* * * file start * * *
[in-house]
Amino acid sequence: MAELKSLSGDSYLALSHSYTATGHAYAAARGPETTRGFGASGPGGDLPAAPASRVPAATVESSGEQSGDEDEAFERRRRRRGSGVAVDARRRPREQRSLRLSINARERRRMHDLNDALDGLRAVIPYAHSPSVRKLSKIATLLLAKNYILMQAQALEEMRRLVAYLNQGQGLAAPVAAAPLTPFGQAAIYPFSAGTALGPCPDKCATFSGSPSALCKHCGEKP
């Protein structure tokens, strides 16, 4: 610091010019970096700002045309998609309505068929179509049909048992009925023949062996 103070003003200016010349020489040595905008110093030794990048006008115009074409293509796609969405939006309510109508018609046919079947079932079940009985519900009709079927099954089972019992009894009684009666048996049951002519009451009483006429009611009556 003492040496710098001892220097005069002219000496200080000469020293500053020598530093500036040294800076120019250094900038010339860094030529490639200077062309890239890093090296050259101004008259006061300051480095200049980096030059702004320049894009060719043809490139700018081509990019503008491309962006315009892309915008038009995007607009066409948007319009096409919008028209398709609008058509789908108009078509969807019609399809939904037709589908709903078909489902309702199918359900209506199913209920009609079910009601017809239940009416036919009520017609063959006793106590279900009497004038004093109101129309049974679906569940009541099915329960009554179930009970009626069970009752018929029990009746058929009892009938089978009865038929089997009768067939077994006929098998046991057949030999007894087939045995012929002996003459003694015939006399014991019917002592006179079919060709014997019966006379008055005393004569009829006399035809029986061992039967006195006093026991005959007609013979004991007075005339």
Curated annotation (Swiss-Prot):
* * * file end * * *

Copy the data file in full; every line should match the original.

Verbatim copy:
[in-house]
Amino acid sequence: MAELKSLSGDSYLALSHSYTATGHAYAAARGPETTRGFGASGPGGDLPAAPASRVPAATVESSGEQSGDEDEAFERRRRRRGSGVAVDARRRPREQRSLRLSINARERRRMHDLNDALDGLRAVIPYAHSPSVRKLSKIATLLLAKNYILMQAQALEEMRRLVAYLNQGQGLAAPVAAAPLTPFGQAAIYPFSAGTALGPCPDKCATFSGSPSALCKHCGEKP
């Protein structure tokens, strides 16, 4: 610091010019970096700002045309998609309505068929179509049909048992009925023949062996 103070003003200016010349020489040595905008110093030794990048006008115009074409293509796609969405939006309510109508018609046919079947079932079940009985519900009709079927099954089972019992009894009684009666048996049951002519009451009483006429009611009556 003492040496710098001892220097005069002219000496200080000469020293500053020598530093500036040294800076120019250094900038010339860094030529490639200077062309890239890093090296050259101004008259006061300051480095200049980096030059702004320049894009060719043809490139700018081509990019503008491309962006315009892309915008038009995007607009066409948007319009096409919008028209398709609008058509789908108009078509969807019609399809939904037709589908709903078909489902309702199918359900209506199913209920009609079910009601017809239940009416036919009520017609063959006793106590279900009497004038004093109101129309049974679906569940009541099915329960009554179930009970009626069970009752018929029990009746058929009892009938089978009865038929089997009768067939077994006929098998046991057949030999007894087939045995012929002996003459003694015939006399014991019917002592006179079919060709014997019966006379008055005393004569009829006399035809029986061992039967006195006093026991005959007609013979004991007075005339």
Curated annotation (Swiss-Prot):